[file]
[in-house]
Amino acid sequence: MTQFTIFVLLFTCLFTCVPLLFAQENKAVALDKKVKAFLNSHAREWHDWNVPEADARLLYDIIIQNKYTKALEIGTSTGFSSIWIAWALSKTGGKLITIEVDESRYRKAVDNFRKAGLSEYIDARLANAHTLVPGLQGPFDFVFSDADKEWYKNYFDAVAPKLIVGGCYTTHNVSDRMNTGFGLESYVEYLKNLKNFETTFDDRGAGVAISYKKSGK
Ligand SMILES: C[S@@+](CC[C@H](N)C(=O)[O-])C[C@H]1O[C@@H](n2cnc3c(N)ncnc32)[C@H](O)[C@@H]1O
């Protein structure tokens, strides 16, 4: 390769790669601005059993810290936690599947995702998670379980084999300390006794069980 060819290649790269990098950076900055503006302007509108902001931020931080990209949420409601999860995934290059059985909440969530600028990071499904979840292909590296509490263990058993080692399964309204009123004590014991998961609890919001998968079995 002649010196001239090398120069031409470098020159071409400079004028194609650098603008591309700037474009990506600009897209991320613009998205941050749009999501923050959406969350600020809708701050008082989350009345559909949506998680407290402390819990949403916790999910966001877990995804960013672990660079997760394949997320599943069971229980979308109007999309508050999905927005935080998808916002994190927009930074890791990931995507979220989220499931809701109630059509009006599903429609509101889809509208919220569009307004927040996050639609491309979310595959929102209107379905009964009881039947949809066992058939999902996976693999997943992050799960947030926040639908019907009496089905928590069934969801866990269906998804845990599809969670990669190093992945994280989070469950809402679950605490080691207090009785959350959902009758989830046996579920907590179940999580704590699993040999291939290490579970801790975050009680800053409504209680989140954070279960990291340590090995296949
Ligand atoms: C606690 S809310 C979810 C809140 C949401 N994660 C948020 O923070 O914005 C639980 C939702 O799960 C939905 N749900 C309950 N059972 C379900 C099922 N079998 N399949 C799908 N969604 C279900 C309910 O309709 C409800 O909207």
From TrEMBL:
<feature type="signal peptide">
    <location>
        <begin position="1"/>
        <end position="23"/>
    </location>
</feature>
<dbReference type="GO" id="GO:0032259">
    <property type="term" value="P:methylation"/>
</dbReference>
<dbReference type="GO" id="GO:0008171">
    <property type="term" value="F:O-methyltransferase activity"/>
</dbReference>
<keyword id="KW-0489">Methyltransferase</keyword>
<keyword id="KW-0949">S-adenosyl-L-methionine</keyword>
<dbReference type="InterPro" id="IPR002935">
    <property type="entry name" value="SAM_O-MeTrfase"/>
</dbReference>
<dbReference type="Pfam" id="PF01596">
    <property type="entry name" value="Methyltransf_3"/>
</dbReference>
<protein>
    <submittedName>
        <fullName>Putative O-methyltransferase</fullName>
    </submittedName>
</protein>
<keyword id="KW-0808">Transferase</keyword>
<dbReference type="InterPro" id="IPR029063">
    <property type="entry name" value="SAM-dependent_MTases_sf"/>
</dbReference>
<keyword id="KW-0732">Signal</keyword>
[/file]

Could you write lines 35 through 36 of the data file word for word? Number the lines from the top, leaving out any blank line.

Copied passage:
</dbReference>
<keyword id="KW-0732">Signal</keyword>